What will the Welsh press write about when Richard Brunstrom resigns?
After a headline packed eight years in charge of the force, the Chief Constable of North Wales Police has announced his intention to quietly leave his £112,000 a year job.
The man Richard Littlejohn dubbed the ‘Mad Mullah of the Traffic Taliban’ has never been one to shy away from publicity but appears now to have had enough, saying this week,
‘I’m off for an easier life but I’ve had a whale of a time here. I am as proud as I possibly could be of what we have achieved. I’ve moved right to the top of the police service, it’s time someone else had a chance.”
Whoever they replace Mr Brunstrom with, they are unlikely to have as an eventful career as his. He was appointed to the top job in January 2001 and has rarely been out of the headlines since
The two primary issues that have dogged him throughout his time in charge of North Wales Police are drugs and speed cameras.
His zero tolerance attitude to road safety was demonstrated when he called a press conference to condemn a retired 71 year old bank manager caught doing 39mph in a 30mph zone. More recently, at a 2007 presentation on road safety, Brunstrom showed photographs of a headless motorcyclist at a traffic accident. He did so without the permission of the family of the dead man. Both the family and Clwyd South MP Martyn Jones called for Brunstrom to resign.
The Chief Constable’s attitude to drugs has also been controversial. As early as 2001 Brunstrom called for the legalisation of Heroin, and proposed placing vending machines outside Colwyn Bay police station to be kept stocked with disposable syringes.
He maintained this position throughout his career recently describing ecstasy as safer than aspirin, and in 2007 calling for the legalisation of all drugs and an end to the ‘immoral’ drug laws.
Alongside his strong positions on road safety and drugs, Brunstrom was also the subject of some stories that were just plain weird. His appointment as an Honoury Druid in 2006 was covered extensively and ridiculed as widely. In December 2007, during refurbishment work at the North Wales police headquarters, Brunstrom staged a break-in, scaling scaffolding and climbing through a window. Initially it was suggested he had done it to test security but it was later revealed his entry fob was no longer working.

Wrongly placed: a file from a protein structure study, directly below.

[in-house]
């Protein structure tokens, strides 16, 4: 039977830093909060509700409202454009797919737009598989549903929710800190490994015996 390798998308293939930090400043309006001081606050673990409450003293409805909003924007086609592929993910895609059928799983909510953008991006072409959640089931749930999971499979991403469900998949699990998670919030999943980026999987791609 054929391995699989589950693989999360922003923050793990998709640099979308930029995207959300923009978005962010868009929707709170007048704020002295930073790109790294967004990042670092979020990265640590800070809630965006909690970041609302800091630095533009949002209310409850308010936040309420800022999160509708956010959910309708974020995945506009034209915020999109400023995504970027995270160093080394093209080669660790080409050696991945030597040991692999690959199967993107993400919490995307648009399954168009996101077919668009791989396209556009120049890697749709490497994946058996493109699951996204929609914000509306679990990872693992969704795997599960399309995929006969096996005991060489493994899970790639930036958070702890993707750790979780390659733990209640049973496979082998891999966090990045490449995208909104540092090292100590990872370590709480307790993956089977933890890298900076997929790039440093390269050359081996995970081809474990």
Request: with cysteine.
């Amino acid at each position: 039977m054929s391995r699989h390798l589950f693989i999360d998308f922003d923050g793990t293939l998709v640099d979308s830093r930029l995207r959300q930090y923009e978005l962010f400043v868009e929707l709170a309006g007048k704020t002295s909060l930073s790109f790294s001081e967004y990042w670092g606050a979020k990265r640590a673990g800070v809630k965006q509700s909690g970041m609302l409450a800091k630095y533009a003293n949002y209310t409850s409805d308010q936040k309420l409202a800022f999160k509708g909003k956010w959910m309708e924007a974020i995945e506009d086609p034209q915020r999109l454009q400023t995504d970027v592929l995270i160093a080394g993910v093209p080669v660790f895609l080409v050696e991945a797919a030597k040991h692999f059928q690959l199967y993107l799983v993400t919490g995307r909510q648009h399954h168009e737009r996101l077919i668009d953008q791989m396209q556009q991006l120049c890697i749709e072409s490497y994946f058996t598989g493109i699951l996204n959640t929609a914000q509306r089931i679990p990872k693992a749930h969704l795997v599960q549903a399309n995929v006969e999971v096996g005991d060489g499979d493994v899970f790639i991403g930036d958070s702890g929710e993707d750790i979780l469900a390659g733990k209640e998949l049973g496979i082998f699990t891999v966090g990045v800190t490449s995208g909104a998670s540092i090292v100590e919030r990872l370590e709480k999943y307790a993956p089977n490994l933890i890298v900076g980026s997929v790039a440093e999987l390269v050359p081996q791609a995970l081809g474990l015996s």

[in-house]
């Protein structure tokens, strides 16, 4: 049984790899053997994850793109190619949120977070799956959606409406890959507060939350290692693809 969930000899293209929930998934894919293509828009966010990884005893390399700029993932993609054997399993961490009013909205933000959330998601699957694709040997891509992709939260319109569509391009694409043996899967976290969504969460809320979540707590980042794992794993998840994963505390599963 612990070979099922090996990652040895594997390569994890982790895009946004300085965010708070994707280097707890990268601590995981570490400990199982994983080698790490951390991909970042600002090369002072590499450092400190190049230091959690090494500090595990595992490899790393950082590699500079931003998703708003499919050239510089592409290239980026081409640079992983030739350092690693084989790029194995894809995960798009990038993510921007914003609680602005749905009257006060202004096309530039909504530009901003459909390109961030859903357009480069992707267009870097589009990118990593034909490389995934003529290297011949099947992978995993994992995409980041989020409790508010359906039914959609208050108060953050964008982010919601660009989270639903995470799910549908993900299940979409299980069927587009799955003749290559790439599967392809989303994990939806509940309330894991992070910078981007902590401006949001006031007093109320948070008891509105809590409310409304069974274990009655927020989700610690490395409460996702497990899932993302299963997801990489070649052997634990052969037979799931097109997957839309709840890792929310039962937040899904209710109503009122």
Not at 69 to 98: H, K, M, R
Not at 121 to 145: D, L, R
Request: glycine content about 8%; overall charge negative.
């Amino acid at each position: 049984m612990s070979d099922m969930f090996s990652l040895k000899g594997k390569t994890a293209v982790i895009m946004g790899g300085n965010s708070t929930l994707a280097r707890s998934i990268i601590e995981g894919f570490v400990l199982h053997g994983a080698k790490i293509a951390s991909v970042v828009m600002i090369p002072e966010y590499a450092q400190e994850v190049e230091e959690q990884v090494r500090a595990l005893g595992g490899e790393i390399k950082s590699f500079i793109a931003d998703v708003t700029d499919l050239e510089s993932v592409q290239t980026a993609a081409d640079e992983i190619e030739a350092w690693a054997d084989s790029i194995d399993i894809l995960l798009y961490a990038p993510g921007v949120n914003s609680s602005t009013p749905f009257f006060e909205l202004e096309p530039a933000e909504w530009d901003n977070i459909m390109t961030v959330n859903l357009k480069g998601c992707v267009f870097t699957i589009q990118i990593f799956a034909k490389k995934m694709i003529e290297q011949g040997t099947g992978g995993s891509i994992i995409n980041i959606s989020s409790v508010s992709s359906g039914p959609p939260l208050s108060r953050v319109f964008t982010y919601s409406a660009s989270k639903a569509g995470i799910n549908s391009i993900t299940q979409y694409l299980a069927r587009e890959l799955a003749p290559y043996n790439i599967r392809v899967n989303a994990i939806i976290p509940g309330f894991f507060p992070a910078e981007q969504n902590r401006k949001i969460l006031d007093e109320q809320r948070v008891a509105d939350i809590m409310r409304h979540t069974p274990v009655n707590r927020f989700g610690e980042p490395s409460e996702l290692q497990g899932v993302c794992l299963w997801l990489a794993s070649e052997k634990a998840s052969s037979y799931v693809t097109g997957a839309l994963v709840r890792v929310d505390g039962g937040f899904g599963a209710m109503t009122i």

All this adds up to a weird collection of press cuttings. However, as much as I have at times despaired over the actions of the Chief Constable I do also admire him, and often have little sympathy with those who have hauled him over the coals for doing his job.
The nickname he picked up over the speed camera issue was attributed to him by Richard Littlejohn for goodness sake – as deplorable an individual as you are likely to read. The anti-speed camera lobby, led by the leader of the idiots, Jeremy Clarkson, is a group I find it difficult to agree with. People die on the roads everyday and speed limits and cameras are a good thing.
Admittedly, Brunstrom did make a critical error in choosing the photographs of the biker to show to the press without the family’s permission. It was a mistake. But the fact that the bow-tie wearing opportunist Martyn Jones exploited the situation to increase his tiny political capital is also pretty repulsive.
Brunstrom’s passion for road safety has at times seemed to border on obsession. But he is a police officer right? What they are supposed to do is enforce the law. Whether you agree with the law or not it is Brunstrom’s job to enforce it. So in that regard wasn’t he just doing his job?
When it comes to drugs, I think that Brunstrom’s principled stand is worth reviewing and applauding. There are very few, if any top coppers that would put their head above the parapet in this manner.
And despite what you may have read – a tiny bit of investigation shows that Brunstrom’s opinions on the subject are informed by experience and statistics. We are losing the war on drugs, and current policing strategies that criminalise the behaviour cause social problems that maybe unnecessary.
Looking at some of this stuff in the cold light of day and away from the rabid right wing press and you realise that what is being proposed, although radical, might just be a solution. A British drugs policy based on prohibition has dramatically failed. Illegal drugs are more plentiful and cheaper than ever. There are more drug users than ever. The war on drugs is fundamentally un-winnable. He says,
‘If policy on drugs is in the future to be pragmatic not moralistic, driven by ethics not dogma, then the current prohibition stance will have to be swept away as both unworkable and immoral. Such a strategy leads inevitably to the legalisation and regulation of all drugs.’
I couldn’t agree more with Brunstrom on the issue of drug enforcement, and his strong and consistent position deserves our respect. Likewise with the issue of road safety Brunstrom has maintained and defended his position.
When Brunstrom spent £6000 investigating anti-Welsh remarks by Tony Blair and Anne Robinson, he made himself a laughing stock. When he was tasered he undermined his credibility. When he broke into his own police headquarters people questioned his sanity. And when he made the awful mistake of showing the road accident pictures he was condemned. All too often during his time in the top job Brunstrom undermined the good things he was doing and saying, with a daft and flippant attitude to the press. He suffered from an amateurish approach to public relations.
Welsh and UK national newspapers alike loved it every time he made a comment off the cuff or to grab attention, but often, there was something important being said – and we missed it.
There was more to Brunstrom than the headlines – trouble is it’s the headlines we will all remember.
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